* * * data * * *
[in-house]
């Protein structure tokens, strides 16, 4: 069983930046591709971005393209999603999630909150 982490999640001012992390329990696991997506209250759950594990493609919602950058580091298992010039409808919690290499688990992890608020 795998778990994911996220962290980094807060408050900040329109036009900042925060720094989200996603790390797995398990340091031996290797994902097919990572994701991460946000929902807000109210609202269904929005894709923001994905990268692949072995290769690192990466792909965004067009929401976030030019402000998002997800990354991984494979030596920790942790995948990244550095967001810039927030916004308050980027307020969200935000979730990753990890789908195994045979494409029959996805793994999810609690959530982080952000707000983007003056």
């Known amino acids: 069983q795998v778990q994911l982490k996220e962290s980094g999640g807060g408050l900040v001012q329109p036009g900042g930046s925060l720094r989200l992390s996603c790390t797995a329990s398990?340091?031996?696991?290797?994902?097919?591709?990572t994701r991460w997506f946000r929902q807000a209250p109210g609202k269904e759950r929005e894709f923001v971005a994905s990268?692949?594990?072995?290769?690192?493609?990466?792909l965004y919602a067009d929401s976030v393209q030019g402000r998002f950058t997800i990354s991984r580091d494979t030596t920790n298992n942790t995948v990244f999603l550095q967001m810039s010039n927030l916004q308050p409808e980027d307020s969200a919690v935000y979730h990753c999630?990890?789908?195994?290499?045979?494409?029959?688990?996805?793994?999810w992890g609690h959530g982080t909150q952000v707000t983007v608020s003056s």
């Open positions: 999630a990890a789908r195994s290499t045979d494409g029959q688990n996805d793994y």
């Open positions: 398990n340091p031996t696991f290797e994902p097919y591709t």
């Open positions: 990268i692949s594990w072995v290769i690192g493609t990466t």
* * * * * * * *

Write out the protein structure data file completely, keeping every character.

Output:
[in-house]
């Protein structure tokens, strides 16, 4: 069983930046591709971005393209999603999630909150 982490999640001012992390329990696991997506209250759950594990493609919602950058580091298992010039409808919690290499688990992890608020 795998778990994911996220962290980094807060408050900040329109036009900042925060720094989200996603790390797995398990340091031996290797994902097919990572994701991460946000929902807000109210609202269904929005894709923001994905990268692949072995290769690192990466792909965004067009929401976030030019402000998002997800990354991984494979030596920790942790995948990244550095967001810039927030916004308050980027307020969200935000979730990753990890789908195994045979494409029959996805793994999810609690959530982080952000707000983007003056």
């Known amino acids: 069983q795998v778990q994911l982490k996220e962290s980094g999640g807060g408050l900040v001012q329109p036009g900042g930046s925060l720094r989200l992390s996603c790390t797995a329990s398990?340091?031996?696991?290797?994902?097919?591709?990572t994701r991460w997506f946000r929902q807000a209250p109210g609202k269904e759950r929005e894709f923001v971005a994905s990268?692949?594990?072995?290769?690192?493609?990466?792909l965004y919602a067009d929401s976030v393209q030019g402000r998002f950058t997800i990354s991984r580091d494979t030596t920790n298992n942790t995948v990244f999603l550095q967001m810039s010039n927030l916004q308050p409808e980027d307020s969200a919690v935000y979730h990753c999630?990890?789908?195994?290499?045979?494409?029959?688990?996805?793994?999810w992890g609690h959530g982080t909150q952000v707000t983007v608020s003056s």
């Open positions: 999630a990890a789908r195994s290499t045979d494409g029959q688990n996805d793994y």
């Open positions: 398990n340091p031996t696991f290797e994902p097919y591709t």
């Open positions: 990268i692949s594990w072995v290769i690192g493609t990466t």